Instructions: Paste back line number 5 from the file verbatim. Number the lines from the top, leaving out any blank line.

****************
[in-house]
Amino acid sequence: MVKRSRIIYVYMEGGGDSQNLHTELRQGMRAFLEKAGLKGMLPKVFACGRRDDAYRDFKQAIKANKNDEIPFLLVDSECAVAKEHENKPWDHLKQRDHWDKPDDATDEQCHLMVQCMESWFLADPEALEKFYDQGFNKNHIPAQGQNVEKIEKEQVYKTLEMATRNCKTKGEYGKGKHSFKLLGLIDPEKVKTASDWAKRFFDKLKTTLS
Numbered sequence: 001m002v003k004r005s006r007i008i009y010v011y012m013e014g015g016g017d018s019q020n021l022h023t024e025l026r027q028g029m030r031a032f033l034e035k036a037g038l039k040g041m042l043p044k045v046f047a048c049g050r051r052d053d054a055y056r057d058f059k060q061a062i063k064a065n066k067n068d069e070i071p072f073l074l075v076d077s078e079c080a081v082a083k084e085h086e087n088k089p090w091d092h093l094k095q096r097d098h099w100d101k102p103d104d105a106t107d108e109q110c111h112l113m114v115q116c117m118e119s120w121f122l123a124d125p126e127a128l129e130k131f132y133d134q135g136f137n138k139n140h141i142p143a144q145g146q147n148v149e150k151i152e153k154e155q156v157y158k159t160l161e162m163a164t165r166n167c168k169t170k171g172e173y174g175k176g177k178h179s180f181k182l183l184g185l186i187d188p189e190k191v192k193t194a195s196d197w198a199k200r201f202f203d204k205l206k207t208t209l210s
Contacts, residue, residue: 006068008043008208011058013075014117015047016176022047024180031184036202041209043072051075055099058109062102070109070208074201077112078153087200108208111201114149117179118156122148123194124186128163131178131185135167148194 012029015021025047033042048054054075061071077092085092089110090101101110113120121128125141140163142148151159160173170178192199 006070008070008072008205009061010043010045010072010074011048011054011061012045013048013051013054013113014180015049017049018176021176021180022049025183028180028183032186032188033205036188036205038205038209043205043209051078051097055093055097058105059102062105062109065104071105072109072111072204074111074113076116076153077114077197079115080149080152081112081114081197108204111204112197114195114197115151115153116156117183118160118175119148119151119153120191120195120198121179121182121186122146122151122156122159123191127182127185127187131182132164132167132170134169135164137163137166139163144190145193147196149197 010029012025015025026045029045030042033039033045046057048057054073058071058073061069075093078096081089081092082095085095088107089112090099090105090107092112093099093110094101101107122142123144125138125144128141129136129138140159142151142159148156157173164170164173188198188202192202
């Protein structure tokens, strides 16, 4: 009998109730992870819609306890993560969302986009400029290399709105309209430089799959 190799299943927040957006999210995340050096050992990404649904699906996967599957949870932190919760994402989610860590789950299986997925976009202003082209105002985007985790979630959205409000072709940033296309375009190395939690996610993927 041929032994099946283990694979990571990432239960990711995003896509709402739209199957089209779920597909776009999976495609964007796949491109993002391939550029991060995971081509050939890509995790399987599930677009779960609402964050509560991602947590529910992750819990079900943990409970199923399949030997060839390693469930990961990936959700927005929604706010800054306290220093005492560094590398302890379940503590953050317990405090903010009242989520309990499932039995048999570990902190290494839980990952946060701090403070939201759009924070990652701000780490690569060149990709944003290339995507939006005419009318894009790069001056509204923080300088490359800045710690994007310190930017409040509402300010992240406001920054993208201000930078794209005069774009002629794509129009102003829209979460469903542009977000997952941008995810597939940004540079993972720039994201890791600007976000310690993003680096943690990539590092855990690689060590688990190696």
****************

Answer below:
């Protein structure tokens, strides 16, 4: 009998109730992870819609306890993560969302986009400029290399709105309209430089799959 190799299943927040957006999210995340050096050992990404649904699906996967599957949870932190919760994402989610860590789950299986997925976009202003082209105002985007985790979630959205409000072709940033296309375009190395939690996610993927 041929032994099946283990694979990571990432239960990711995003896509709402739209199957089209779920597909776009999976495609964007796949491109993002391939550029991060995971081509050939890509995790399987599930677009779960609402964050509560991602947590529910992750819990079900943990409970199923399949030997060839390693469930990961990936959700927005929604706010800054306290220093005492560094590398302890379940503590953050317990405090903010009242989520309990499932039995048999570990902190290494839980990952946060701090403070939201759009924070990652701000780490690569060149990709944003290339995507939006005419009318894009790069001056509204923080300088490359800045710690994007310190930017409040509402300010992240406001920054993208201000930078794209005069774009002629794509129009102003829209979460469903542009977000997952941008995810597939940004540079993972720039994201890791600007976000310690993003680096943690990539590092855990690689060590688990190696």